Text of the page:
Revealed for the first time since leaving the artist’s studio
von Bartha’s Julia Paas describes the exciting experience of unpackaging a striking new series of works by Terry Haggerty
One of the most exciting moments at von Bartha is when new works arrive from one of our artists. It is a special privilege to be present when they are unpacked – layer by layer – to be seen for the very first time since leaving the artist’s studio, by the small audience of the gallery team. Each newly unveiled work is a feast for the eyes: sparking thoughts, feelings and ideas.
This happened again recently with a body of new works by Terry Haggerty, when it was delivered to our gallery in Basel. The feeling of being witness to something new and fresh persisted when we saw the colourful, thin aluminium and steel panels spread out before us – looking at them more closely still when they were hung on the gallery’s walls.
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These new works by Haggerty (b.1970 in London) see the artist explore the family of basic geometric forms – the circle, triangle and rectangle – as well as some of their relatives. The viewer’s eyes follow each work’s curved lines and the artist’s characteristic thin stripes, which again follow the forms of laser cut panels. Simple, striking shapes are coloured in the primary tones of red, blue and yellow, extending into pink, orange and grey.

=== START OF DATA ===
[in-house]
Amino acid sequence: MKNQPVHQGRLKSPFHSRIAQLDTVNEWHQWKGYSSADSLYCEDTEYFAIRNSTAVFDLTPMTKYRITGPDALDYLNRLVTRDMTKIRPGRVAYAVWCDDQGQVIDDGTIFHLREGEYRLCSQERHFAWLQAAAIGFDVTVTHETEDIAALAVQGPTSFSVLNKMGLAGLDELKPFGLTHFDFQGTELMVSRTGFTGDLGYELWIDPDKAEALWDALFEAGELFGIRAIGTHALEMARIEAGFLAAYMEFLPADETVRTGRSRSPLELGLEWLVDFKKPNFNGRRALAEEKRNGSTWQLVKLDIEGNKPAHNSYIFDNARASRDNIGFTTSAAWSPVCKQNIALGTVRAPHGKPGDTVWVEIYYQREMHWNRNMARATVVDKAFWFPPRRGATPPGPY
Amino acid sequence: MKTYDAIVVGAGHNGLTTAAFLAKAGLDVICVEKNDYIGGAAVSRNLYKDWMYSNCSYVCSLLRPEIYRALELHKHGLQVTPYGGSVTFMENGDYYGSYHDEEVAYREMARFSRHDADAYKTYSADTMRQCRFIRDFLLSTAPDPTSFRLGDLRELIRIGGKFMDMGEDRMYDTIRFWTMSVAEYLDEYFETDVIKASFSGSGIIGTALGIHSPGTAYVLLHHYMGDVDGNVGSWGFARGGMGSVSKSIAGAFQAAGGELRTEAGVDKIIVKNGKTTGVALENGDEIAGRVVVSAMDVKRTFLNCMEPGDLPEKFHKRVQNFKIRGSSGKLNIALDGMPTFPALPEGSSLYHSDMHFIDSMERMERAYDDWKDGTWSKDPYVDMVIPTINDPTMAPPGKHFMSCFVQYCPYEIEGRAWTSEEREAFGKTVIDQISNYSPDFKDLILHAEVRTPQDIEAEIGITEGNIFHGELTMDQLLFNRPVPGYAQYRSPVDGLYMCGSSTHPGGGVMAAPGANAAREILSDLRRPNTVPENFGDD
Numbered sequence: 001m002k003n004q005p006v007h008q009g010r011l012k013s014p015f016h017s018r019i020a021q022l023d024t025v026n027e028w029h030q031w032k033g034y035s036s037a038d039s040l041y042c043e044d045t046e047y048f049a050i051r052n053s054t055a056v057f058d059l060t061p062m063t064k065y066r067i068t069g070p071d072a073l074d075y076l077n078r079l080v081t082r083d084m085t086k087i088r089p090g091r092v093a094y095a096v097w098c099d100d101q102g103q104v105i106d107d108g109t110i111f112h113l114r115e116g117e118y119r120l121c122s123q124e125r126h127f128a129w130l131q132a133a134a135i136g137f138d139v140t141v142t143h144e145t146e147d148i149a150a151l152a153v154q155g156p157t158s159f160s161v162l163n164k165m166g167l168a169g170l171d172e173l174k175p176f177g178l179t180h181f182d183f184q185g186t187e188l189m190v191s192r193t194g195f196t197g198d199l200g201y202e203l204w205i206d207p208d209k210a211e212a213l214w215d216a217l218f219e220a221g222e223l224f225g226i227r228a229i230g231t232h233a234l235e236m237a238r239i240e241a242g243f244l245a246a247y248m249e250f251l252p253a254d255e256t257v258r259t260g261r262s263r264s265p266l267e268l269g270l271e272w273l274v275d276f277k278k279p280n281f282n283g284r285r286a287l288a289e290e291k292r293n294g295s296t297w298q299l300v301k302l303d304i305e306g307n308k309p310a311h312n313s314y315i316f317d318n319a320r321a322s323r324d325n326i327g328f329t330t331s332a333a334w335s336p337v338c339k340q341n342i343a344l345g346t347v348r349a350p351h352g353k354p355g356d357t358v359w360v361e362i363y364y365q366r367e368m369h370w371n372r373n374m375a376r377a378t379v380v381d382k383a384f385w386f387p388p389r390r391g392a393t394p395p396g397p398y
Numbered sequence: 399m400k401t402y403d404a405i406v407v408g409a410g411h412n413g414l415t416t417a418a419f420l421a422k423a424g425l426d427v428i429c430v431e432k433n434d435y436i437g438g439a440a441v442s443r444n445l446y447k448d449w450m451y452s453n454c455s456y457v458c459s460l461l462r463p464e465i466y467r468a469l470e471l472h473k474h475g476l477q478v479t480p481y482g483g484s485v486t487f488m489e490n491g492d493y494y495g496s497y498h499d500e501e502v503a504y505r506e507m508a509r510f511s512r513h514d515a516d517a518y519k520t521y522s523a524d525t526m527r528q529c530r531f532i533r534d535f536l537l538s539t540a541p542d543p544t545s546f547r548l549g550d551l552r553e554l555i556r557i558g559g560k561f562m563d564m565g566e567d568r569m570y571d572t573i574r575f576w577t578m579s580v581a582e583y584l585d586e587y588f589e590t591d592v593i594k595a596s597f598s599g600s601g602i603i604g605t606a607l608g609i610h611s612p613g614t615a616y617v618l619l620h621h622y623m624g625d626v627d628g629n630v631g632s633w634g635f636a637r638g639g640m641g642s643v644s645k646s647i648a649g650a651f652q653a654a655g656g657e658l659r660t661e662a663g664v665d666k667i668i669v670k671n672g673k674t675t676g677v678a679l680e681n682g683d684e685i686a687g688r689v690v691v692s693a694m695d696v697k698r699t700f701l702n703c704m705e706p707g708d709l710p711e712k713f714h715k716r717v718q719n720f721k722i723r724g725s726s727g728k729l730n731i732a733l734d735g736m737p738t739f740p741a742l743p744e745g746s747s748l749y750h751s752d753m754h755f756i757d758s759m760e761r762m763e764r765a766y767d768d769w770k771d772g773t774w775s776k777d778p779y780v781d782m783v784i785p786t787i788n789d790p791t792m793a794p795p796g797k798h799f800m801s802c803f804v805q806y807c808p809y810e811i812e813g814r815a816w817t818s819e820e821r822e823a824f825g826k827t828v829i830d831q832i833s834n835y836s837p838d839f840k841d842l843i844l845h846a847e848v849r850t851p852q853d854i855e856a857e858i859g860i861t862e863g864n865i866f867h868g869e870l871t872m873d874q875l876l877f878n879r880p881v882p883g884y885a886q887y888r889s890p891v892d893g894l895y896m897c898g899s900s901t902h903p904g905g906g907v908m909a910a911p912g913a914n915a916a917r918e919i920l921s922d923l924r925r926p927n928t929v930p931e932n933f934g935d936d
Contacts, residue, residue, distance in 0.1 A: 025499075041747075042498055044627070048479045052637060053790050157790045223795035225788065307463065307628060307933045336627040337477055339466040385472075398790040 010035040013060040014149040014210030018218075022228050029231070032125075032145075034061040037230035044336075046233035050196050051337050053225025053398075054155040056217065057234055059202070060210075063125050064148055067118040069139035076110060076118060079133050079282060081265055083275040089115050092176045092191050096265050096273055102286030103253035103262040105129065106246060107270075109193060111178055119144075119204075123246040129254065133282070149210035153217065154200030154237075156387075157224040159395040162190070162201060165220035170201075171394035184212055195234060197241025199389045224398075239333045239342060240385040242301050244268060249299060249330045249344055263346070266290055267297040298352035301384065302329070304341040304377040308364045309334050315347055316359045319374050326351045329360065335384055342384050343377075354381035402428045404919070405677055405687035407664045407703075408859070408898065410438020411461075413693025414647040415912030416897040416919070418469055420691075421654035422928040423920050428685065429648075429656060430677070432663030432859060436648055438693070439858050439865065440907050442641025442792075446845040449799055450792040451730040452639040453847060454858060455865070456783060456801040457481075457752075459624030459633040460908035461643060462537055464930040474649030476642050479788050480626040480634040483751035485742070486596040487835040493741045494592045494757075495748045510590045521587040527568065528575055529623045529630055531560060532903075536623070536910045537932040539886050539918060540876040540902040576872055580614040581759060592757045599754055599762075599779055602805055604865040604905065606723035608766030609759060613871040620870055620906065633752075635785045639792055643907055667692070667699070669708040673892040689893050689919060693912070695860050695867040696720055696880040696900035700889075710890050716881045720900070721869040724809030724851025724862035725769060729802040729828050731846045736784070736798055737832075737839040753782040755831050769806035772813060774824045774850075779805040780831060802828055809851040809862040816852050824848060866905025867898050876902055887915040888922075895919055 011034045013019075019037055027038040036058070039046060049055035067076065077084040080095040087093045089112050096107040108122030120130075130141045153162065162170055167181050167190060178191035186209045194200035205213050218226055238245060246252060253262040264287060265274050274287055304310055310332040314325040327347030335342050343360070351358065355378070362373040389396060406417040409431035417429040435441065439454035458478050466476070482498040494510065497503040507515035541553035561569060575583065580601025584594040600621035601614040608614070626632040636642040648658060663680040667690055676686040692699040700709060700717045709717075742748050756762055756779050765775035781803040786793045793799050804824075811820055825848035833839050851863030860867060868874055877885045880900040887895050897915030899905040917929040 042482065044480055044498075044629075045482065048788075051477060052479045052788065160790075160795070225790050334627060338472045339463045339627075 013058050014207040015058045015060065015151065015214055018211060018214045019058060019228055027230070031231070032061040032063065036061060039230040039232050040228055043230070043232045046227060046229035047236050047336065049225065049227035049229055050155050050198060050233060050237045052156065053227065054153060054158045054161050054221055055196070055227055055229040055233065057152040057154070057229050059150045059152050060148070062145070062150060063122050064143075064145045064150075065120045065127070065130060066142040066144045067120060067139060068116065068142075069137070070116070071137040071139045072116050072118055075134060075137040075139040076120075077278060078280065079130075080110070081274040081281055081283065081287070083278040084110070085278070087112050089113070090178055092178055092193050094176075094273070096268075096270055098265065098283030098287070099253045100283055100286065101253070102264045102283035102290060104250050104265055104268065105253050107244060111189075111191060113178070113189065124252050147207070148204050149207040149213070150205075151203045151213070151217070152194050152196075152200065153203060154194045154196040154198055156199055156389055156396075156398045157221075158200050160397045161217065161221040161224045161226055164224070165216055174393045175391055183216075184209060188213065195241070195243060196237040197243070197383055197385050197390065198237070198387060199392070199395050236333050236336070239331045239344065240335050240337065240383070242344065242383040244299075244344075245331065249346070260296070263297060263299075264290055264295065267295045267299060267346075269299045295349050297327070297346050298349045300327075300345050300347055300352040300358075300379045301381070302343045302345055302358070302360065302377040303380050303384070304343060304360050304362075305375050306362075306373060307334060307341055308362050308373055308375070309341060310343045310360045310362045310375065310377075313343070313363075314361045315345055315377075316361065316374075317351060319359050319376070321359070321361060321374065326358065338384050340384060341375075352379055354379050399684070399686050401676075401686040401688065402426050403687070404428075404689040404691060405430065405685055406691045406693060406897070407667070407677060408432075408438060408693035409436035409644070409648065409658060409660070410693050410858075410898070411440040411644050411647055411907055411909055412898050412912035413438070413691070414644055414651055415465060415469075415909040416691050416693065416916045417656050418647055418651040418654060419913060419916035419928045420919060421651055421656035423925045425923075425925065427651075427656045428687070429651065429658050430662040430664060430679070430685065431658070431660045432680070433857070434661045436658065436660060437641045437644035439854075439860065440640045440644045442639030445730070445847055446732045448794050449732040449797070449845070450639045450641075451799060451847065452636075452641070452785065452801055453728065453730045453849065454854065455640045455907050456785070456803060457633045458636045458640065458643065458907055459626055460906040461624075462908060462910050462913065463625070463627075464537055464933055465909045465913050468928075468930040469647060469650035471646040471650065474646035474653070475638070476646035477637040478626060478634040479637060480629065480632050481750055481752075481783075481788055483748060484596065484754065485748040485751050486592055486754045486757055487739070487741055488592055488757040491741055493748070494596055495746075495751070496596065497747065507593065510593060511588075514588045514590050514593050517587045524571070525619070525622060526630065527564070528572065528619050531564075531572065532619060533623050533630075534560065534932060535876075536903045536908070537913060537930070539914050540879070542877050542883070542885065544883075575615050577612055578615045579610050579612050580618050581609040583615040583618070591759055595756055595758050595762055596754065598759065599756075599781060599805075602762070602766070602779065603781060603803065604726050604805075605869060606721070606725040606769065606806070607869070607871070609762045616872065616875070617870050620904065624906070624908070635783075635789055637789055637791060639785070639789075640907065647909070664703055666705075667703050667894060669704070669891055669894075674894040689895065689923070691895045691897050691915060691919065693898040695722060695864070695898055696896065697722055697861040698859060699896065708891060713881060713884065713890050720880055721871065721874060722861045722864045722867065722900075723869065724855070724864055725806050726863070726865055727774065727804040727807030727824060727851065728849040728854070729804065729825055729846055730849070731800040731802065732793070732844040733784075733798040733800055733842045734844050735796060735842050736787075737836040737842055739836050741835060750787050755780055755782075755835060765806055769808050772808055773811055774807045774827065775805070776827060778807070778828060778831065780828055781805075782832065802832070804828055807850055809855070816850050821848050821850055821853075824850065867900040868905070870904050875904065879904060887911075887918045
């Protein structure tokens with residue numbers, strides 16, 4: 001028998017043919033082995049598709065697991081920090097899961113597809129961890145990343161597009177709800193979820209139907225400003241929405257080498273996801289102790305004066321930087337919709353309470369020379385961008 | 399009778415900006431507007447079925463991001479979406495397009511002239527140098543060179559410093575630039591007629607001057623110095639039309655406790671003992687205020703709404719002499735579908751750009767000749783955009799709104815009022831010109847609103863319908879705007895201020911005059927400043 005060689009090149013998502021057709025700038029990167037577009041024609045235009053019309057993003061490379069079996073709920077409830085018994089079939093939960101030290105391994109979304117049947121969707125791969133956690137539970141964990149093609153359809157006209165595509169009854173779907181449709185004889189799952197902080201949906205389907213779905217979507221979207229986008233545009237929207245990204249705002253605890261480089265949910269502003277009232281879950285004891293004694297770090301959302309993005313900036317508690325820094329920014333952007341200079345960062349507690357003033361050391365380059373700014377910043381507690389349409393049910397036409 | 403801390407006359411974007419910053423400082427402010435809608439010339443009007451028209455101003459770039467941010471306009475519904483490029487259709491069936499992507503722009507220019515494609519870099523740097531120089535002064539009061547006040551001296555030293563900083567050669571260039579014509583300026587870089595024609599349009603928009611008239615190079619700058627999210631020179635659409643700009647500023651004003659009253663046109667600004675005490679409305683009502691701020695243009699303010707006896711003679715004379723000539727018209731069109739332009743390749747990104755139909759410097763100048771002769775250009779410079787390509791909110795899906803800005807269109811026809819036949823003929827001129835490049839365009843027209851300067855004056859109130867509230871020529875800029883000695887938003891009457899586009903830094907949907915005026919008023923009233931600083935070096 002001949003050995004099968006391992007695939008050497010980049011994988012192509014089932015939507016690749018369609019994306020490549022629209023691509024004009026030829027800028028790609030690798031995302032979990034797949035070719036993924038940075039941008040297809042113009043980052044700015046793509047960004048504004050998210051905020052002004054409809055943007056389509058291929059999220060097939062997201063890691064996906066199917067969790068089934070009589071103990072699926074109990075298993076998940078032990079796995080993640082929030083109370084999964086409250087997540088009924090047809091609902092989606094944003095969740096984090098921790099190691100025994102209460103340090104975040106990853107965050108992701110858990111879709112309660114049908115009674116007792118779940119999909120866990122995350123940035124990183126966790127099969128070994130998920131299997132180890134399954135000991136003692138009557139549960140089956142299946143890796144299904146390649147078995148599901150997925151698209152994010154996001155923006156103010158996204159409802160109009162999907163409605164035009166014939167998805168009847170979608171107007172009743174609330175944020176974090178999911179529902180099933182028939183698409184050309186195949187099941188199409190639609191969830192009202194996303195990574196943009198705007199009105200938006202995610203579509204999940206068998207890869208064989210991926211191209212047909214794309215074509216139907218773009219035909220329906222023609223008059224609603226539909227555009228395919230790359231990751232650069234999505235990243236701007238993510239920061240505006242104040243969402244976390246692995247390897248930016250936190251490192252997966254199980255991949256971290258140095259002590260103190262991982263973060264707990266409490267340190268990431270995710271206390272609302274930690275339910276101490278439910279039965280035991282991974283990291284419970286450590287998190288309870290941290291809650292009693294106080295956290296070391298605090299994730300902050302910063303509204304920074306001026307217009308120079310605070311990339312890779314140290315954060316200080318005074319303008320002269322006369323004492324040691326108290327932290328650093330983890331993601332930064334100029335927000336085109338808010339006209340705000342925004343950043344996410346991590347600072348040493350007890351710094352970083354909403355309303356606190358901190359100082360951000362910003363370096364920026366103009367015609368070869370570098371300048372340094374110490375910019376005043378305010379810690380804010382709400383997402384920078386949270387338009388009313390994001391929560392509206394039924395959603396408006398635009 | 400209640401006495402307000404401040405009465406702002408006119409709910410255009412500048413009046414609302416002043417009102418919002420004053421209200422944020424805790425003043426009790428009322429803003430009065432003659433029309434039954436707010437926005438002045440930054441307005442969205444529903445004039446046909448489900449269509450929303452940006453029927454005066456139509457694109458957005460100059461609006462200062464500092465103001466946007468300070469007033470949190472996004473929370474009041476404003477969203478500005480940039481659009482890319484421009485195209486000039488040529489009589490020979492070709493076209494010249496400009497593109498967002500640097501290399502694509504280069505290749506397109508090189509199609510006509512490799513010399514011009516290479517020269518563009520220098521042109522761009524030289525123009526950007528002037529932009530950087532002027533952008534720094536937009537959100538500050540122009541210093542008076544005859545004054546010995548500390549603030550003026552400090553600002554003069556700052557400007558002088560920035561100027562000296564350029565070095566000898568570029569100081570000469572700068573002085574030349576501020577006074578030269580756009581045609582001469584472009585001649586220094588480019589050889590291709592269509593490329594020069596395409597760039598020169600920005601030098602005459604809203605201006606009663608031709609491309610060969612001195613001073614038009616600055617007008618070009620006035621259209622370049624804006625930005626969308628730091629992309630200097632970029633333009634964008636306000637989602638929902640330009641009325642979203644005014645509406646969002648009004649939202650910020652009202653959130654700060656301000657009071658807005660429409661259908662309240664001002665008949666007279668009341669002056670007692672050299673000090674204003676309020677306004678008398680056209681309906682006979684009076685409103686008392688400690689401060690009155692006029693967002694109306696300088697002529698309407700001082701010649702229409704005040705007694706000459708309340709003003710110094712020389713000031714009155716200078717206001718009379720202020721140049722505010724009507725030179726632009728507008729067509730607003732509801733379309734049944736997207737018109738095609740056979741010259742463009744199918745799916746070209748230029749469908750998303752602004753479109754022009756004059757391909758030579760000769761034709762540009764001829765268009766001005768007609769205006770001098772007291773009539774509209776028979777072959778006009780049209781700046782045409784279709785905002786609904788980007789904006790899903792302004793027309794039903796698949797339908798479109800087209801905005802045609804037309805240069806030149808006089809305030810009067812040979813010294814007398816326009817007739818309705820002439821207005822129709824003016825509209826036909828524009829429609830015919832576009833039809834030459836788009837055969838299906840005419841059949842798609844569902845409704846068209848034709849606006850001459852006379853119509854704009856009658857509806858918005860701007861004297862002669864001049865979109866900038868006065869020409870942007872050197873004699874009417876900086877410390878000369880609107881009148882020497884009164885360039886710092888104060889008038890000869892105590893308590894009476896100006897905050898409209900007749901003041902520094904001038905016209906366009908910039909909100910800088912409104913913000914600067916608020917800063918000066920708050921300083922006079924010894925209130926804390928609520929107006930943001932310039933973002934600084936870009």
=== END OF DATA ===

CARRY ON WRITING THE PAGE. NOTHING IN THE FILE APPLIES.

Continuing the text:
Haggerty creates an illusion of three dimensional space through lines on the works’ flat, even surfaces, but what is especially exciting to observe are the cut-outs in the forms, which appear as if an intruder has gained access. The viewer at once sees the work’s surface and the void around it; there is a visual tussle between empty space and the figure itself. Which is stronger and which came first? It is exciting to witness the tension that occurs between the two forces of creation – of giving form and leaving space.
Haggerty’s titles are a playful invitation to the imagination to find likeness in the hollow forms: Too many thumbs, Collar, and Inadvertent pass weave the ordinary conditions of everyday life into the abstract paintings and give them an ironic twist. This, and the introduction of the recesses in the works’ surfaces, reinforce the sculptural character of each painting.
In this new series, Haggerty succeeds in creating a sense of something more by taking away, reducing and concentrating forms.